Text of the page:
By Pontus Westerberg, 20 February 2013
On Monday 11 February we held our first Minecraft workshop in the Nairobi slum of Kibera. This public space project, which has been going for around a year, is a joint collaboration between UN-Habitat and Nairobi City Council and aims to upgrade the area around the Silanga sports field.
The space is crucial to the area because it is used for many different things by the people living and working around it. There is a school, a vegetable garden, a community hall, sports facilities, a market space and much more. With funding from Mojang and expertise from UN-Habitat, the space will be upgraded and the facilities improved.
The Silanga sports field
Over the past year UN-Habitat and Nairobi City Council have held a number of workshops to get the views of the people who live and work in the area. As I mentioned, the site is really interesting because it has so many uses - but this sometimes means that compromises have to be agreed between different members of the community. The young man representing the football players may want to keep the football pitch as large as possible, while the older woman representing a disable people’s help group may want to ensure there is a broad and even path through the site, for example.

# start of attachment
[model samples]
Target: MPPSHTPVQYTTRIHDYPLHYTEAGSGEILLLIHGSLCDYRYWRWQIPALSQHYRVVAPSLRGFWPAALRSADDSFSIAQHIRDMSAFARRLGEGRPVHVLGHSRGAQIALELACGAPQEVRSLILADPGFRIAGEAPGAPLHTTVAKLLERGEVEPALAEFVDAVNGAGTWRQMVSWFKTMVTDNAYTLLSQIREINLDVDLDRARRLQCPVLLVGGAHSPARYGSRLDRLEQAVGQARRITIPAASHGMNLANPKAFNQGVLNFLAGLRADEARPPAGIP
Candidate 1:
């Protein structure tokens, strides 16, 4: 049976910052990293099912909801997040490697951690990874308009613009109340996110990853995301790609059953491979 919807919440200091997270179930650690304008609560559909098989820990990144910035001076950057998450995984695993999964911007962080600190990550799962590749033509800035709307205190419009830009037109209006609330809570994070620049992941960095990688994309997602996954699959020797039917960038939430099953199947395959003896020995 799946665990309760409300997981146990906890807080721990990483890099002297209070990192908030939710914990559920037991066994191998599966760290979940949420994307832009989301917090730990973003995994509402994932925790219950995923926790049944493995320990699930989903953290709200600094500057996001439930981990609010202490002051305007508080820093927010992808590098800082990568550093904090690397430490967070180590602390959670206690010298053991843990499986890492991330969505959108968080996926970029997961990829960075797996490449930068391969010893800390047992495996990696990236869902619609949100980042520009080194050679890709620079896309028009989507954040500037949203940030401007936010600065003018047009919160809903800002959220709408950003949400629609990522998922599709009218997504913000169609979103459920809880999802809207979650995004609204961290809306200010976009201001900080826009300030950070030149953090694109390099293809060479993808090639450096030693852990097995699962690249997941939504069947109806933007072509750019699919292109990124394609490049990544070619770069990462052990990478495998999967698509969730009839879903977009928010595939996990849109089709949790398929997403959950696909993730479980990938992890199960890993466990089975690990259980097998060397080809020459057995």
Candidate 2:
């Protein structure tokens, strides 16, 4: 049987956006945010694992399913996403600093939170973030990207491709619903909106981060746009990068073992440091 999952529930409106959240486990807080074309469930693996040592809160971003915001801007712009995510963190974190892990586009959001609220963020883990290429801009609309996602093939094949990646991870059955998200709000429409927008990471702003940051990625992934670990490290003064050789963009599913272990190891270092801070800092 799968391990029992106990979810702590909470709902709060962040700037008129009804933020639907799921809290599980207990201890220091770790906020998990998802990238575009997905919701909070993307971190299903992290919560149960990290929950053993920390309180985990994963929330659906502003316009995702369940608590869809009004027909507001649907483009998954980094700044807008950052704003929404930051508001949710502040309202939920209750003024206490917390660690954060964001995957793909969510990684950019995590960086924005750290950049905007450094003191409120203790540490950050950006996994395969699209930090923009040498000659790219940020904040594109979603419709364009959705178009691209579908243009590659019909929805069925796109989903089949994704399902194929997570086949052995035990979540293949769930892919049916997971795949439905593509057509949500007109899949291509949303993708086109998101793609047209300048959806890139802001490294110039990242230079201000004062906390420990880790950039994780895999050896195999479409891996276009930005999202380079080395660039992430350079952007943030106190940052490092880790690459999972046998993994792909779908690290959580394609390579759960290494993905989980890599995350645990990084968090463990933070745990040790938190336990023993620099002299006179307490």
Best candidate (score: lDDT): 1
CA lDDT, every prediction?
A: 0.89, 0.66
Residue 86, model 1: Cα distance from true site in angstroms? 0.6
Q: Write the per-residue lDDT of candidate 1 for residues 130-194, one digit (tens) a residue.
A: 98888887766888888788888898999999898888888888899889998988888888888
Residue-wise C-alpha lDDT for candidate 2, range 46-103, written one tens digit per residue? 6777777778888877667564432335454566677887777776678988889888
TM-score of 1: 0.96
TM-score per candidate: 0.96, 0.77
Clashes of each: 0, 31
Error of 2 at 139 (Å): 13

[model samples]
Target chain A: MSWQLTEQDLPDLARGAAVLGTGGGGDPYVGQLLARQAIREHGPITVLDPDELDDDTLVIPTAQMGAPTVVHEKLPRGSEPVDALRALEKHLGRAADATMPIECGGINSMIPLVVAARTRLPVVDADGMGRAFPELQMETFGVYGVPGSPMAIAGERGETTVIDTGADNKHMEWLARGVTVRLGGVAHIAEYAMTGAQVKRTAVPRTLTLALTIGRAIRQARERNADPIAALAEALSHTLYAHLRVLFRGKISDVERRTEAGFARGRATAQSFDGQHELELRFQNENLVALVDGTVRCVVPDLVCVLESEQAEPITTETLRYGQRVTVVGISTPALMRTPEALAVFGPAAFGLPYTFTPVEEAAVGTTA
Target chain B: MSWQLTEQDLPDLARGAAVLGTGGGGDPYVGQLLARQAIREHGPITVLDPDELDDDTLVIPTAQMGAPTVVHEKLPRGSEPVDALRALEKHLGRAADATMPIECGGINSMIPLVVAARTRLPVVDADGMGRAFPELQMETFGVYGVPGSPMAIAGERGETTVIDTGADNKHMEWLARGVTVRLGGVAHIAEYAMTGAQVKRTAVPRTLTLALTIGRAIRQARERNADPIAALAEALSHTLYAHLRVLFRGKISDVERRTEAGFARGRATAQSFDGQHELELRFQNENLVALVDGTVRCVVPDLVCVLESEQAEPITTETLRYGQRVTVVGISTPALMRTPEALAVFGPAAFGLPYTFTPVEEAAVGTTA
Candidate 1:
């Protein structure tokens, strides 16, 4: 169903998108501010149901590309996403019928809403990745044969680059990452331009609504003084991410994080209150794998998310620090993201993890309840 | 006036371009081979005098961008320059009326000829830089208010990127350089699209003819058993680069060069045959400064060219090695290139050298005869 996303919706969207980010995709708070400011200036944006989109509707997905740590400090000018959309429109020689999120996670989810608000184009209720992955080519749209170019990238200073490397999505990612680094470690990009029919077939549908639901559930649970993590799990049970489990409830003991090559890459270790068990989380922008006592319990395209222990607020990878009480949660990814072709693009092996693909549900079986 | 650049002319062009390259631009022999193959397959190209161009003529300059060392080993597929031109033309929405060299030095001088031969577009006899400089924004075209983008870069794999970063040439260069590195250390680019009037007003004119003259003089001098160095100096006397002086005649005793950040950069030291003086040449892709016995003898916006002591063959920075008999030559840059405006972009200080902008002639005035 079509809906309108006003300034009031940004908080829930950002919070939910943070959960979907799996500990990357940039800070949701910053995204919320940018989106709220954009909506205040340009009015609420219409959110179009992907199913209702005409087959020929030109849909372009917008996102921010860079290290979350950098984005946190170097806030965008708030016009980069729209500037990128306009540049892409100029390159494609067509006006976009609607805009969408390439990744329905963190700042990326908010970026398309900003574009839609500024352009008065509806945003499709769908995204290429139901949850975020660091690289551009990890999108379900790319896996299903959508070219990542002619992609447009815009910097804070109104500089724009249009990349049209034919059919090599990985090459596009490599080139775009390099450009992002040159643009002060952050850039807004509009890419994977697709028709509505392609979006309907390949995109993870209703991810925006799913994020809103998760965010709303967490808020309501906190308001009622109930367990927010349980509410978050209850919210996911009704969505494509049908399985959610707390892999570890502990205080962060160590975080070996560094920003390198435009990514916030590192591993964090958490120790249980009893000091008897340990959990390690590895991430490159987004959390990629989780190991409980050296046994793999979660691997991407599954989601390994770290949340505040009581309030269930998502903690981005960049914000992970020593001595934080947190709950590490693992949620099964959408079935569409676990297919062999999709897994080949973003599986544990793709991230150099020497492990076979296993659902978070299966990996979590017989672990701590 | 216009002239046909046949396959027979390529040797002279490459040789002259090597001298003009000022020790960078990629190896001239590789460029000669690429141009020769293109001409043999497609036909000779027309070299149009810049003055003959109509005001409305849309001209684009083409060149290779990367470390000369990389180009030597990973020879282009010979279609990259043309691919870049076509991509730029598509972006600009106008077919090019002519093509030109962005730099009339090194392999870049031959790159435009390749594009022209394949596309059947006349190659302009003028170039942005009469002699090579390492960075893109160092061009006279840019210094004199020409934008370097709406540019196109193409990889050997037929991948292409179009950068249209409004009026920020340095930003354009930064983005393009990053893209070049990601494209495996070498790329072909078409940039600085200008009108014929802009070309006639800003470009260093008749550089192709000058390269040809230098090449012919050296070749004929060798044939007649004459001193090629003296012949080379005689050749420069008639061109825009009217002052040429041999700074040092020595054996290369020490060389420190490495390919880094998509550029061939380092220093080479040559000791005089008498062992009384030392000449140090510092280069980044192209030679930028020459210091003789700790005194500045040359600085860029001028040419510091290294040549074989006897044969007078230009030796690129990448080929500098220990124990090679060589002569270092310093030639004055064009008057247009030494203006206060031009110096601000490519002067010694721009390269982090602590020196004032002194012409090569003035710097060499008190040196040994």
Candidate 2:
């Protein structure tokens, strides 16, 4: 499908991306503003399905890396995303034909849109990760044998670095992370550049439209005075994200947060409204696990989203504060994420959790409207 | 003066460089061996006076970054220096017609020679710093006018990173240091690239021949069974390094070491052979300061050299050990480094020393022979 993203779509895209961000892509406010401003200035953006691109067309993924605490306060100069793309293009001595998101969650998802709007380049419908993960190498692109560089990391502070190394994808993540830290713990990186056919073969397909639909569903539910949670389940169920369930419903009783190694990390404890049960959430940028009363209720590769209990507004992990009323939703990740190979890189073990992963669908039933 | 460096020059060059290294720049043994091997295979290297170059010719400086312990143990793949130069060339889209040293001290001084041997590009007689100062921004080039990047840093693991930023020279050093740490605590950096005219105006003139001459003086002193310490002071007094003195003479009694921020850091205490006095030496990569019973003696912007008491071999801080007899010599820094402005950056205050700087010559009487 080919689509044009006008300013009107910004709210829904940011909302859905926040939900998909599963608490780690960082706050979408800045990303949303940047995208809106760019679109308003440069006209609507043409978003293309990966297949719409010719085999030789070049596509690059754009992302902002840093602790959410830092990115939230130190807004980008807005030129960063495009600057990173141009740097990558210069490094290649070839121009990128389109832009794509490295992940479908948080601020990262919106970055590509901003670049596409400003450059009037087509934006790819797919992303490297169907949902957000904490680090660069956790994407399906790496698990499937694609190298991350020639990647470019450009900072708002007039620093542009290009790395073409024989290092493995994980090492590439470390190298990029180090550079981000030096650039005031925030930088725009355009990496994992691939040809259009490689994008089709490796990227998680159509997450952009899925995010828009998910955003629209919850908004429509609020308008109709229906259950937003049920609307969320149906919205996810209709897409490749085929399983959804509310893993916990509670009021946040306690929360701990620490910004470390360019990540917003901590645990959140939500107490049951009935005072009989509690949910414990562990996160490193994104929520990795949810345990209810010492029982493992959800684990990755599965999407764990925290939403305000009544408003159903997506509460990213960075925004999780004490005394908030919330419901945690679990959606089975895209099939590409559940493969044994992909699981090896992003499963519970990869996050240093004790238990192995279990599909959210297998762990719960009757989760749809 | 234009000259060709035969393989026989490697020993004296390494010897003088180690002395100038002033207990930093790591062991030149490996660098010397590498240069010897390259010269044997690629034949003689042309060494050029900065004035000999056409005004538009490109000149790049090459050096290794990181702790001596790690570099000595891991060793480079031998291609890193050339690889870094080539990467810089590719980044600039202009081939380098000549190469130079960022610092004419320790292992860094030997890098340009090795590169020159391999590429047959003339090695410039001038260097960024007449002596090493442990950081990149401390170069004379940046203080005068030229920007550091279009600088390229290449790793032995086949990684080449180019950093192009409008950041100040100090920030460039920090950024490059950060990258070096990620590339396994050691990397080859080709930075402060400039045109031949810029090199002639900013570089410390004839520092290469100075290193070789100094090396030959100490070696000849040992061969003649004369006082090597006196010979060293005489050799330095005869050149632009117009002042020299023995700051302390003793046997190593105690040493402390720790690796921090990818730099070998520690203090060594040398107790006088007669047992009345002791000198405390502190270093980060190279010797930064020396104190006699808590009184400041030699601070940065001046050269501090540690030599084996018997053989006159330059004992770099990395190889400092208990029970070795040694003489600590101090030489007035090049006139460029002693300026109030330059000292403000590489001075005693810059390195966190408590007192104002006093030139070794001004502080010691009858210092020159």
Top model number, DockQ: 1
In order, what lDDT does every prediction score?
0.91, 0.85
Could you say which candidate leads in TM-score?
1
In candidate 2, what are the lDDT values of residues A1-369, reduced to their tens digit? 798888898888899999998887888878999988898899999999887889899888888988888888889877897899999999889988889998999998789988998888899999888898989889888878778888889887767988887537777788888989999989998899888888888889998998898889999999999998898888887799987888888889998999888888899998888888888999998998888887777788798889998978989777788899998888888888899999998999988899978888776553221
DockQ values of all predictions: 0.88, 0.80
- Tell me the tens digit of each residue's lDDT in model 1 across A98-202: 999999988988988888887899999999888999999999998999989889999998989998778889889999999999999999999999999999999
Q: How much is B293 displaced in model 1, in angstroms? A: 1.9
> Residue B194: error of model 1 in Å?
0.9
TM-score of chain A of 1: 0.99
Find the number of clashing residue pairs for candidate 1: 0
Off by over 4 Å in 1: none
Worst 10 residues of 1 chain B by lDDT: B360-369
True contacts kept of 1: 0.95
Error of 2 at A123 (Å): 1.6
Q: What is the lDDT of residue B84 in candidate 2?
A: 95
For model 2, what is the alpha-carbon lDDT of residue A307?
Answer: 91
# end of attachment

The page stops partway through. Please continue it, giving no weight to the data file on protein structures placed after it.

Through leading these workshops, the project architect had taken in the different views and developed plans for improving the site. In this workshop she was to present her plans to the community.
The plans are two-dimensional birds-eye architectural drawings which can be quite difficult to understand for anyone without architectural training. This is why we decided to use Minecraft to visualise the drawings in 3D.
And we think it went very well. Working with FyreUK, we were able to quickly build the model in Minecraft and use it to show the proposed improvement. From where I was sitting at the side of the room it was really clear that the mood in the room changed when the 3D model was presented - for the first time the participants could really understand what was in front of them. And some disagreements that had been going on for a while were also finally settled!
This is still early days for the project, but the early signs are good. We are now looking at developing a longer, more participatory modelling process that includes Minecraft from the start for our next public space projects.
Here are some photos from the event.
Presenting the Minecraft model to the participants
Community members and UN-Habitat staff look at the architect’s drawings
Phil from FyreUK flies around the Minecraft model
Discussion about the size of the football pitch